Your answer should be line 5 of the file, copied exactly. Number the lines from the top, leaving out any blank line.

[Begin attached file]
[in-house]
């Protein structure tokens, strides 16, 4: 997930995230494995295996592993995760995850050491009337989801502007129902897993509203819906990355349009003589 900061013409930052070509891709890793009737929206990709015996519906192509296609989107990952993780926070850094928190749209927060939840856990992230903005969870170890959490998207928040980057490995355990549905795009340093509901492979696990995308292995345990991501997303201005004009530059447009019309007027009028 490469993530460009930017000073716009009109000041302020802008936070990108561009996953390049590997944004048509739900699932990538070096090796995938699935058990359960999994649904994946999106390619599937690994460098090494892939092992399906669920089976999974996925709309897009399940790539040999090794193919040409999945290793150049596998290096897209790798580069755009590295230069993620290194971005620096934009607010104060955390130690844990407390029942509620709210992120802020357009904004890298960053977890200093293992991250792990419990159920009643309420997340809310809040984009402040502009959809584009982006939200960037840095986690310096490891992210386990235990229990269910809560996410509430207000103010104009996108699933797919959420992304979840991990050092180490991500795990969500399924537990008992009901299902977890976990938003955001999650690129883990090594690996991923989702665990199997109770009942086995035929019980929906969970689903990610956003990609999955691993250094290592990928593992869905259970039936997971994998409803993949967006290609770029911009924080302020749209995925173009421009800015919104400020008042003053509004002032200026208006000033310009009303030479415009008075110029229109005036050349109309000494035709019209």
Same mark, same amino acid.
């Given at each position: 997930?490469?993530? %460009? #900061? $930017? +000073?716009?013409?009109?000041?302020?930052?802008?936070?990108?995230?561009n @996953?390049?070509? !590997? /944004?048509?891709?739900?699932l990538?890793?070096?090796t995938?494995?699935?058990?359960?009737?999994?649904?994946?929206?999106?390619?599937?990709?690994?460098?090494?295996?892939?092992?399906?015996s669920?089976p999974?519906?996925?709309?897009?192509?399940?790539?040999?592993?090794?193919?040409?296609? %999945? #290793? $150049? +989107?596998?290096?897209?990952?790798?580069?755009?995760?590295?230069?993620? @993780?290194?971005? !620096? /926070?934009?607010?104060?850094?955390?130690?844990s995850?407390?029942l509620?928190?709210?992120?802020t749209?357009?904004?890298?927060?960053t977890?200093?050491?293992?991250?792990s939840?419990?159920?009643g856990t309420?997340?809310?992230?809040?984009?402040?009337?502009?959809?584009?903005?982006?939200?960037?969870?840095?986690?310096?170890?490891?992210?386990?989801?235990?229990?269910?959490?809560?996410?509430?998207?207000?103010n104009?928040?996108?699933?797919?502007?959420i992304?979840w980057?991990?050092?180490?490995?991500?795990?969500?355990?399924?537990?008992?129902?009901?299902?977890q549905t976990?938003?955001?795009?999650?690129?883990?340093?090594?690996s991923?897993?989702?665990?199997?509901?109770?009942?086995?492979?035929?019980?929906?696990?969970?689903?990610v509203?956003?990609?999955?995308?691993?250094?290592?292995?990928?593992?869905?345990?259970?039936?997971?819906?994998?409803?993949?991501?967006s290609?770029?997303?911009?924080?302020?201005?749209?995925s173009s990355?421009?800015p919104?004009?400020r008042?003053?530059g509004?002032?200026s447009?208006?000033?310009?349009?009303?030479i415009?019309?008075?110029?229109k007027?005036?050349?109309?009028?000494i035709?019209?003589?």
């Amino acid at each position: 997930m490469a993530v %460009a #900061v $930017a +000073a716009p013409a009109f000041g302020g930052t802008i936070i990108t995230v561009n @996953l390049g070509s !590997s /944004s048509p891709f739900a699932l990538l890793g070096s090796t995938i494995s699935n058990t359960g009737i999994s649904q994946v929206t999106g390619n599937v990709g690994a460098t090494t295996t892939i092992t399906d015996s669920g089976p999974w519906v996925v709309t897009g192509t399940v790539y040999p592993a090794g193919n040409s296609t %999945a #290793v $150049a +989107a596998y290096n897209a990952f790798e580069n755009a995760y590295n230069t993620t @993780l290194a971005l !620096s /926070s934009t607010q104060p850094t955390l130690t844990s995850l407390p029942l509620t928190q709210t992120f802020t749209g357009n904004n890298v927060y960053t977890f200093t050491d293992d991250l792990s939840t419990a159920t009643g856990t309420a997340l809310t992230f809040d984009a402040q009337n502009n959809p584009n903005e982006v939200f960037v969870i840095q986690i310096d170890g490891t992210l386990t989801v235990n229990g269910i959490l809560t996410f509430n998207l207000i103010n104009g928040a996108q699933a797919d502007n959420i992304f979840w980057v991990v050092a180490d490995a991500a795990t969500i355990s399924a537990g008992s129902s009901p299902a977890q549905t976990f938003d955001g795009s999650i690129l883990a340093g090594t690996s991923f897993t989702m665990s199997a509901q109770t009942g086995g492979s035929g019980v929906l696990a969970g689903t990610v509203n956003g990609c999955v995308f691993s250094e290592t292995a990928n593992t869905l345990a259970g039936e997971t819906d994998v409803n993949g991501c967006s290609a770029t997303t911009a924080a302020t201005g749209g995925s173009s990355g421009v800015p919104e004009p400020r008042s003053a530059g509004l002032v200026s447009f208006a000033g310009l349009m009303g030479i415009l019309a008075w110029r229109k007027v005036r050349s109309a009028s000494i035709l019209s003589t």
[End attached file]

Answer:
């Amino acid at each position: 997930m490469a993530v %460009a #900061v $930017a +000073a716009p013409a009109f000041g302020g930052t802008i936070i990108t995230v561009n @996953l390049g070509s !590997s /944004s048509p891709f739900a699932l990538l890793g070096s090796t995938i494995s699935n058990t359960g009737i999994s649904q994946v929206t999106g390619n599937v990709g690994a460098t090494t295996t892939i092992t399906d015996s669920g089976p999974w519906v996925v709309t897009g192509t399940v790539y040999p592993a090794g193919n040409s296609t %999945a #290793v $150049a +989107a596998y290096n897209a990952f790798e580069n755009a995760y590295n230069t993620t @993780l290194a971005l !620096s /926070s934009t607010q104060p850094t955390l130690t844990s995850l407390p029942l509620t928190q709210t992120f802020t749209g357009n904004n890298v927060y960053t977890f200093t050491d293992d991250l792990s939840t419990a159920t009643g856990t309420a997340l809310t992230f809040d984009a402040q009337n502009n959809p584009n903005e982006v939200f960037v969870i840095q986690i310096d170890g490891t992210l386990t989801v235990n229990g269910i959490l809560t996410f509430n998207l207000i103010n104009g928040a996108q699933a797919d502007n959420i992304f979840w980057v991990v050092a180490d490995a991500a795990t969500i355990s399924a537990g008992s129902s009901p299902a977890q549905t976990f938003d955001g795009s999650i690129l883990a340093g090594t690996s991923f897993t989702m665990s199997a509901q109770t009942g086995g492979s035929g019980v929906l696990a969970g689903t990610v509203n956003g990609c999955v995308f691993s250094e290592t292995a990928n593992t869905l345990a259970g039936e997971t819906d994998v409803n993949g991501c967006s290609a770029t997303t911009a924080a302020t201005g749209g995925s173009s990355g421009v800015p919104e004009p400020r008042s003053a530059g509004l002032v200026s447009f208006a000033g310009l349009m009303g030479i415009l019309a008075w110029r229109k007027v005036r050349s109309a009028s000494i035709l019209s003589t």